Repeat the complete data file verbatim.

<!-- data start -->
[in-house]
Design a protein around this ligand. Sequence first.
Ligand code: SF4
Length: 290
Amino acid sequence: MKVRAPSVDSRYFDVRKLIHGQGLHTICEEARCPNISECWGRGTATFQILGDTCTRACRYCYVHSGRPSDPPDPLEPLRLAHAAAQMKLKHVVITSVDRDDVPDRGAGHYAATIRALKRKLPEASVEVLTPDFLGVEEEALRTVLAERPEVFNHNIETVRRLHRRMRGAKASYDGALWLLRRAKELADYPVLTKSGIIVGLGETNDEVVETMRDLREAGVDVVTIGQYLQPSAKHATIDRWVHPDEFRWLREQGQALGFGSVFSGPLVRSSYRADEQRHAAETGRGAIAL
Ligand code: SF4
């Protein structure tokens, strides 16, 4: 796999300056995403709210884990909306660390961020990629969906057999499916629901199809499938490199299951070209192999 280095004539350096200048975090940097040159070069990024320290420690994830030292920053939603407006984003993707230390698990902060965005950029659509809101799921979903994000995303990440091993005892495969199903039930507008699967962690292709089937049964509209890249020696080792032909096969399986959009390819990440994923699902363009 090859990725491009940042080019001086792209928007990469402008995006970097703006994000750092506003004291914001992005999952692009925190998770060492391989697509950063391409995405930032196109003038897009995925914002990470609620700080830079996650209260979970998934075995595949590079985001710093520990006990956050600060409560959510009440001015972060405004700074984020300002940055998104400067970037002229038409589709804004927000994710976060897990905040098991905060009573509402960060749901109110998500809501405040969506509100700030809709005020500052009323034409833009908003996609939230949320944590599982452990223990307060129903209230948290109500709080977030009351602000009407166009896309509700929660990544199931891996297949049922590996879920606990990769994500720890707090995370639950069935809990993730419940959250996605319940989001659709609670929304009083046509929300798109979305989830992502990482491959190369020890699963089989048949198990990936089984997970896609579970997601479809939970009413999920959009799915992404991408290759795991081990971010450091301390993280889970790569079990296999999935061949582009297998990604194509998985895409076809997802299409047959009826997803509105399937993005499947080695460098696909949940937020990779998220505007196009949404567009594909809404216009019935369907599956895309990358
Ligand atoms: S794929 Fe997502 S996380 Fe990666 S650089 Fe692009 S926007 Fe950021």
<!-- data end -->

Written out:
[in-house]
Design a protein around this ligand. Sequence first.
Ligand code: SF4
Length: 290
Amino acid sequence: MKVRAPSVDSRYFDVRKLIHGQGLHTICEEARCPNISECWGRGTATFQILGDTCTRACRYCYVHSGRPSDPPDPLEPLRLAHAAAQMKLKHVVITSVDRDDVPDRGAGHYAATIRALKRKLPEASVEVLTPDFLGVEEEALRTVLAERPEVFNHNIETVRRLHRRMRGAKASYDGALWLLRRAKELADYPVLTKSGIIVGLGETNDEVVETMRDLREAGVDVVTIGQYLQPSAKHATIDRWVHPDEFRWLREQGQALGFGSVFSGPLVRSSYRADEQRHAAETGRGAIAL
Ligand code: SF4
């Protein structure tokens, strides 16, 4: 796999300056995403709210884990909306660390961020990629969906057999499916629901199809499938490199299951070209192999 280095004539350096200048975090940097040159070069990024320290420690994830030292920053939603407006984003993707230390698990902060965005950029659509809101799921979903994000995303990440091993005892495969199903039930507008699967962690292709089937049964509209890249020696080792032909096969399986959009390819990440994923699902363009 090859990725491009940042080019001086792209928007990469402008995006970097703006994000750092506003004291914001992005999952692009925190998770060492391989697509950063391409995405930032196109003038897009995925914002990470609620700080830079996650209260979970998934075995595949590079985001710093520990006990956050600060409560959510009440001015972060405004700074984020300002940055998104400067970037002229038409589709804004927000994710976060897990905040098991905060009573509402960060749901109110998500809501405040969506509100700030809709005020500052009323034409833009908003996609939230949320944590599982452990223990307060129903209230948290109500709080977030009351602000009407166009896309509700929660990544199931891996297949049922590996879920606990990769994500720890707090995370639950069935809990993730419940959250996605319940989001659709609670929304009083046509929300798109979305989830992502990482491959190369020890699963089989048949198990990936089984997970896609579970997601479809939970009413999920959009799915992404991408290759795991081990971010450091301390993280889970790569079990296999999935061949582009297998990604194509998985895409076809997802299409047959009826997803509105399937993005499947080695460098696909949940937020990779998220505007196009949404567009594909809404216009019935369907599956895309990358
Ligand atoms: S794929 Fe997502 S996380 Fe990666 S650089 Fe692009 S926007 Fe950021």